"On TV And Video" is a column exploring opportunities and challenges in advanced TV and video.
Today’s column is written by Krish Sailam, senior vice president of programmatic solutions at DWA, a Merkle company.
Nielsen has been in the news lately, and not in a flattering light. With a major TV studio (CBS) and media agency (Gray) casting doubts on the efficacy of its TV ratings, Nielsen finds its outdated model in peril. Frankly, I’m surprised this didn’t happen sooner.
Nielsen TV ratings affect everything from programming to ad revenue. But Nielsen carries enormous debt, and its ownership may be in flux. Ironically, Nielsen’s ubiquity puts the company in a precarious position: No major firm has a clear path to purchase because potential purchasers all have conflicts of interest.
With Nielsen in such an uncertain position and with no obvious buyer, what would a world without Nielsen look like? Specifically, what would happen to the TV and advertising industries that rely so heavily on the Nielsen measurement model?
A video industry without Nielsen already exists, made up of streaming platforms like Netflix and Amazon. Original content on those platforms has proven to be more experimental and unique than that of their linear peers. These programming risks are impossible for traditional TV studios that use revenue models reliant on Nielsen ratings for ad revenue. Without Nielsen tying them to ratings determined by a small group of theoretically “representative” viewers, studios may become more comfortable making bolder programming choices.
With a major, lucrative void in the measurement space, technology companies will flood to fill the vacuum. Nielsen uses outdated methods to produce ratings, including questionable panels and remote tracking devices. To succeed where Nielsen fails, new contenders would need to provide the strongest and most advanced solutions or risk being swallowed by competitors.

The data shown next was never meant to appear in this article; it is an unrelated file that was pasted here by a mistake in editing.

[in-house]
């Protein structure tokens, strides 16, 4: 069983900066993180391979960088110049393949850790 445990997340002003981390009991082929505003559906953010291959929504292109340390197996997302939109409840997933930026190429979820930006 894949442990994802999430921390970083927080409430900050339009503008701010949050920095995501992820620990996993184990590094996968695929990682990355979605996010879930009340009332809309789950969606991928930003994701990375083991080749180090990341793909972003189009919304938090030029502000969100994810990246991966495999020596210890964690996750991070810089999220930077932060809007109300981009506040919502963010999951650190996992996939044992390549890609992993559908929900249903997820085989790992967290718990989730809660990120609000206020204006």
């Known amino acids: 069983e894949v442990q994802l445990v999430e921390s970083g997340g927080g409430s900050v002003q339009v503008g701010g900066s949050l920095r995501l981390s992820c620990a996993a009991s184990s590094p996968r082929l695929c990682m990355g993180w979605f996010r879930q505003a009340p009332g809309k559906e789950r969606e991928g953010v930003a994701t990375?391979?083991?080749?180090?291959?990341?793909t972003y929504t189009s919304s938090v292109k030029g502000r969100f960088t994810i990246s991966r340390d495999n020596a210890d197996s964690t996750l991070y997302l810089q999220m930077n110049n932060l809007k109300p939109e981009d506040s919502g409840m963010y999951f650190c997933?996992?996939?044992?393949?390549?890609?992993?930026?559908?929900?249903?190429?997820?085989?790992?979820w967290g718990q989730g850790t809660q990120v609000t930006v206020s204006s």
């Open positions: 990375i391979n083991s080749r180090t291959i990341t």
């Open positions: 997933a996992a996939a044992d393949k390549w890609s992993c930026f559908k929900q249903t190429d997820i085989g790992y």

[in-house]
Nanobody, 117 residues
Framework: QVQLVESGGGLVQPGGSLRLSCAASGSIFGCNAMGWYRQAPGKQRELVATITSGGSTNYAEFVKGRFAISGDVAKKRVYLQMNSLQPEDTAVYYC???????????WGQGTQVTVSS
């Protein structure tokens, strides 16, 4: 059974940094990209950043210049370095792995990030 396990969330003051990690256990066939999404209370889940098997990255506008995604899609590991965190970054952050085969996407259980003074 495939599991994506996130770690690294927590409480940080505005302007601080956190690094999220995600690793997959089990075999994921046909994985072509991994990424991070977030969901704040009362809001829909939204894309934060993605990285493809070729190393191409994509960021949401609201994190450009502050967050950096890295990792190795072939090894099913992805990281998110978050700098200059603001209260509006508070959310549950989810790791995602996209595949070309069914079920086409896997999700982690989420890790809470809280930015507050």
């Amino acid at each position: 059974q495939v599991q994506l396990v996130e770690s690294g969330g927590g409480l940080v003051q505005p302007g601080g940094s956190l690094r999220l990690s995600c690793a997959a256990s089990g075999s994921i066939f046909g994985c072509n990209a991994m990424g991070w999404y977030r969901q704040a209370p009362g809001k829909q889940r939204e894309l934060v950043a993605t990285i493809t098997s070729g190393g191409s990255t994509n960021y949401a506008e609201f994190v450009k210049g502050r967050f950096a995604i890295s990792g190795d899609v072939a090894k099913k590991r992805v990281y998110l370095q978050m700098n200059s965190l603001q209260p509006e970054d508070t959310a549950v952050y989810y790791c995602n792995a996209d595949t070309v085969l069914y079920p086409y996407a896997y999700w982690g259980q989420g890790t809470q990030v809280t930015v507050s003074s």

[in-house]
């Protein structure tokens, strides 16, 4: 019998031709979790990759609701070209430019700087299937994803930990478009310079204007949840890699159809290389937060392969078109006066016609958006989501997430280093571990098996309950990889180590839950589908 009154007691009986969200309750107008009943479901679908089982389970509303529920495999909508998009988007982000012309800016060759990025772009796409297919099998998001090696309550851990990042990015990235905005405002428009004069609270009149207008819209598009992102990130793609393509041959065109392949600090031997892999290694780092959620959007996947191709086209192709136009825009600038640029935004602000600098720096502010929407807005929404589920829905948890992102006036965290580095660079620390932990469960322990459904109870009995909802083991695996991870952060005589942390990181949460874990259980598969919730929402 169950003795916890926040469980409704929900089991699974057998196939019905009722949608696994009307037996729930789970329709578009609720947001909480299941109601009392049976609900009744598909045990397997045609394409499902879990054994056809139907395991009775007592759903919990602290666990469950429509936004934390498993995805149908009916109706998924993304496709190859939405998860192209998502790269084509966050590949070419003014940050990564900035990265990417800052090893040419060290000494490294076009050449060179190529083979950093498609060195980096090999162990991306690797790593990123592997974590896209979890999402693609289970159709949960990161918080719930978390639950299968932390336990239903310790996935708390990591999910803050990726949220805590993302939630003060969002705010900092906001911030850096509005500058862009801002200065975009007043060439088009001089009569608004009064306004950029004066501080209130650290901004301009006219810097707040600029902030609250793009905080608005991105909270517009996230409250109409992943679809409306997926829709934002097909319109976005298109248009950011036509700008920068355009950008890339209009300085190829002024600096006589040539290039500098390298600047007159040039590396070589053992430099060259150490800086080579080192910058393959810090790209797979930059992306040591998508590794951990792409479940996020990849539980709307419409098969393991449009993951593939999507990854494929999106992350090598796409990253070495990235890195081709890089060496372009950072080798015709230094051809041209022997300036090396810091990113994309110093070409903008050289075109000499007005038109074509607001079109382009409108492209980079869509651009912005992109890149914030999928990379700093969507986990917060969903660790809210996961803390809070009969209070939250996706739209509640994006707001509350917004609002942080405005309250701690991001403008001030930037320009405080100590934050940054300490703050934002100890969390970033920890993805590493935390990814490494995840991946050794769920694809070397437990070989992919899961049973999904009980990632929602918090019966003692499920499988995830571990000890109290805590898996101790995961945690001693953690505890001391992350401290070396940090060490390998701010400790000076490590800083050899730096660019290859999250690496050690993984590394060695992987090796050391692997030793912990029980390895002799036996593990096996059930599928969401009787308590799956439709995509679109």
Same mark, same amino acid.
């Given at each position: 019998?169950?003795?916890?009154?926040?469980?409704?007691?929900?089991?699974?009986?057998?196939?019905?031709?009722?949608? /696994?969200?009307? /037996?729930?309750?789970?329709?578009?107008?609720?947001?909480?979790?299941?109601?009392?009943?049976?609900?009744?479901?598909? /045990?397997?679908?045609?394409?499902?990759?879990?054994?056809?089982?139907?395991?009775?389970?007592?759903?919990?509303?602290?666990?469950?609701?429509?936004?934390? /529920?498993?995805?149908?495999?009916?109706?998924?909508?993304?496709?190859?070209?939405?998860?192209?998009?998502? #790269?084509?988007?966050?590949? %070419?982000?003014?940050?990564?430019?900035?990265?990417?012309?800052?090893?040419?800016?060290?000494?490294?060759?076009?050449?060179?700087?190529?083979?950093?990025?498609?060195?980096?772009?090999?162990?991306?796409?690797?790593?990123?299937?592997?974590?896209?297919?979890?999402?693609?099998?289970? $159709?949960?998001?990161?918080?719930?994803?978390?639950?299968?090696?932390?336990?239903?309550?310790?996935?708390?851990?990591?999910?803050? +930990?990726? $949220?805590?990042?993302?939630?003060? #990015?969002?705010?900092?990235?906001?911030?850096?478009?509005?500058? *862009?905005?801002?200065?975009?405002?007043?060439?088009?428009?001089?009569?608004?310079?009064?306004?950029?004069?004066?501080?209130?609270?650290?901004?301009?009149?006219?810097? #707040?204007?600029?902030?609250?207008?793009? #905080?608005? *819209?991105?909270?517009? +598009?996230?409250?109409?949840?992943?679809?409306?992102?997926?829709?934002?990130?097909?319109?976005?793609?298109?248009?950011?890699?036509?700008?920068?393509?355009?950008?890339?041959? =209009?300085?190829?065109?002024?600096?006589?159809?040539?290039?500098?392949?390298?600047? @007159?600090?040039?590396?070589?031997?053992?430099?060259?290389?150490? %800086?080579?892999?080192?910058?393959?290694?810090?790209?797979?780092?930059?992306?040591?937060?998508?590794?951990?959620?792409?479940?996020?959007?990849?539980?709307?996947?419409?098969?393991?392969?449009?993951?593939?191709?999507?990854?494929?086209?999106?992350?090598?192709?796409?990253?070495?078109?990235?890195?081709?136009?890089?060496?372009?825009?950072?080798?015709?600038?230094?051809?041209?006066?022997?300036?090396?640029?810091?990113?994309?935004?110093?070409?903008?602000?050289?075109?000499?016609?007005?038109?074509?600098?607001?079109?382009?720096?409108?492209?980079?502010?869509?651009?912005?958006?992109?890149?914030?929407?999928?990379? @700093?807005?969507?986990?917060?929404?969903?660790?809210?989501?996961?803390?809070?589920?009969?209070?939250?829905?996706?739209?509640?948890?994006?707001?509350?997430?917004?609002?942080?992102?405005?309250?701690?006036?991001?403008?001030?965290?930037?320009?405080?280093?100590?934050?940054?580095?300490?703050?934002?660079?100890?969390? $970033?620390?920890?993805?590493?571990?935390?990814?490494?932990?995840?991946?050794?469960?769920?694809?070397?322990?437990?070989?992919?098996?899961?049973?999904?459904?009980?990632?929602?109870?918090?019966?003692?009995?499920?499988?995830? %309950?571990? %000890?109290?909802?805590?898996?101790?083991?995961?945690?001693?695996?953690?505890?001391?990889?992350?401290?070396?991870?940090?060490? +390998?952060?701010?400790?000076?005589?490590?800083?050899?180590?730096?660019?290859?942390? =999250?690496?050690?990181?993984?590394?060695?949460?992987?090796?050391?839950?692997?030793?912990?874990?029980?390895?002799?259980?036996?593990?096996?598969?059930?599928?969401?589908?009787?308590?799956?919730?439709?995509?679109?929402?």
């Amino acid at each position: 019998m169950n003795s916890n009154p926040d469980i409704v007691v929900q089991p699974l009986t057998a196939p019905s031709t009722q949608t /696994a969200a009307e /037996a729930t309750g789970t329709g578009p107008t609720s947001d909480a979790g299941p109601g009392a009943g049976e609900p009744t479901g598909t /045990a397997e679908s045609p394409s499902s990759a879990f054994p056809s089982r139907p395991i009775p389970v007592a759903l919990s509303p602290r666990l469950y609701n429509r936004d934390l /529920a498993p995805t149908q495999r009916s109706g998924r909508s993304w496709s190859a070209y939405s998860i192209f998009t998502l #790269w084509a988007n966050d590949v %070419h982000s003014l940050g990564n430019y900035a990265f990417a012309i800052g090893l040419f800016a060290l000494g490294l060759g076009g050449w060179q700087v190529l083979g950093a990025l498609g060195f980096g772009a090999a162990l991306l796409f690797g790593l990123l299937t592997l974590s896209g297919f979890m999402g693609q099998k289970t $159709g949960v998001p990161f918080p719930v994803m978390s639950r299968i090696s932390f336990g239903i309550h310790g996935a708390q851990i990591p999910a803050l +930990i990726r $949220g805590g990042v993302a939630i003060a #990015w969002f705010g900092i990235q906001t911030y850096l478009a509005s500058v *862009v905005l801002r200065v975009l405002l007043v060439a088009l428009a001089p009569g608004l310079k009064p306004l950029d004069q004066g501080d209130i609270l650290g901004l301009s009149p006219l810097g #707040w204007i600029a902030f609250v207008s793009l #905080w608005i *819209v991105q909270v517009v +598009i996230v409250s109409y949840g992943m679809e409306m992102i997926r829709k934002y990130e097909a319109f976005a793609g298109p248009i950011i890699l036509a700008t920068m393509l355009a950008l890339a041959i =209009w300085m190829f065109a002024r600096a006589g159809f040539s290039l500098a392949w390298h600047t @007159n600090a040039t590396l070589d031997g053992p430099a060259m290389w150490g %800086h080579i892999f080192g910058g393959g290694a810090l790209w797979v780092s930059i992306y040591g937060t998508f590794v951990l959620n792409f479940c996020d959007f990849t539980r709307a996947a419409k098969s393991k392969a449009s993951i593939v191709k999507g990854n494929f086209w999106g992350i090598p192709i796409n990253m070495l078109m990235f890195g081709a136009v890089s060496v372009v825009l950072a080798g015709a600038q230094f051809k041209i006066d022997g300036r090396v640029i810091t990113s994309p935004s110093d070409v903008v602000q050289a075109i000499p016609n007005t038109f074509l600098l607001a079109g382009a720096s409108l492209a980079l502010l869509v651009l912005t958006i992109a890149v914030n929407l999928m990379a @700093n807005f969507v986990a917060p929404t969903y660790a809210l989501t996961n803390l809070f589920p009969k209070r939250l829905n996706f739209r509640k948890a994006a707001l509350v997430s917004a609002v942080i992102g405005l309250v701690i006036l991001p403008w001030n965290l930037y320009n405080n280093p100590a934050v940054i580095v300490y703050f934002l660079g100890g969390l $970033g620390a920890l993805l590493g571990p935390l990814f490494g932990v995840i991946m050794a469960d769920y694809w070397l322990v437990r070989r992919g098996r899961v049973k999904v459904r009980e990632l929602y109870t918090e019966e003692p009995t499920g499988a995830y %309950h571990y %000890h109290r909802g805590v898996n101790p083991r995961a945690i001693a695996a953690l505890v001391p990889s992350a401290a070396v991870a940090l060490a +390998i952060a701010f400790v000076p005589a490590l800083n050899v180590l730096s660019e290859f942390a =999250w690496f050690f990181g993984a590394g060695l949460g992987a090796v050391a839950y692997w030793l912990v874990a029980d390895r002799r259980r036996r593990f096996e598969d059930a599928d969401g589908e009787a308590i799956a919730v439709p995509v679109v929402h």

Ideally, the system to eventually emerge would look something like if a telecom like AT&T bought Vizio’s TV manufacturing business and could measure anything that appeared on a screen. Linking recognized programming to directly measurable telecom data served through a home connection would create an undeniably accurate ratings system that was universal across technologies and products.
Unfortunately, this scenario could also result in a legal nightmare fraught with privacy violations. For that reason, I foresee a third major change that could occur if Nielsen went away: government regulation.
Regulations currently prevent Nielsen from a more invasive tracking approach. Nielsen’s demise may not lead to policy change on its own, but with a massive stake in the matter, I wouldn’t be surprised if tech lobbying and special interest firms seized the opportunity to ask for major changes to allow for a new standard of measurement and analysis.
The death of Nielsen could create short-term chaos in advertising. I can imagine large agency holding groups pulling back on upfront deals or aggressively shifting dollars to other channels such as search, social, audio or programmatic, which would lead to a decline in TV revenues and an industry in disarray.
But as the technology and legal landscape settle, buyers would adopt a standardized buying model, as if nothing had changed. Advertisers would receive better reporting and insights, and a stronger buying industry would emerge from the rubble.
And finally, what would happen to consumers? Imagine a world in which “prime-time” programming was only on during the times you personally wanted to watch it? Imagine if our favorite canceled shows – which we now stream from sketchy websites – were watchable and shareable?
The world has evolved since Nielsen started measuring TV in 1950. The American family does not gather at 7 p.m. to watch TV. Network choices that reflect this ancient rule will no longer define what we watch or when.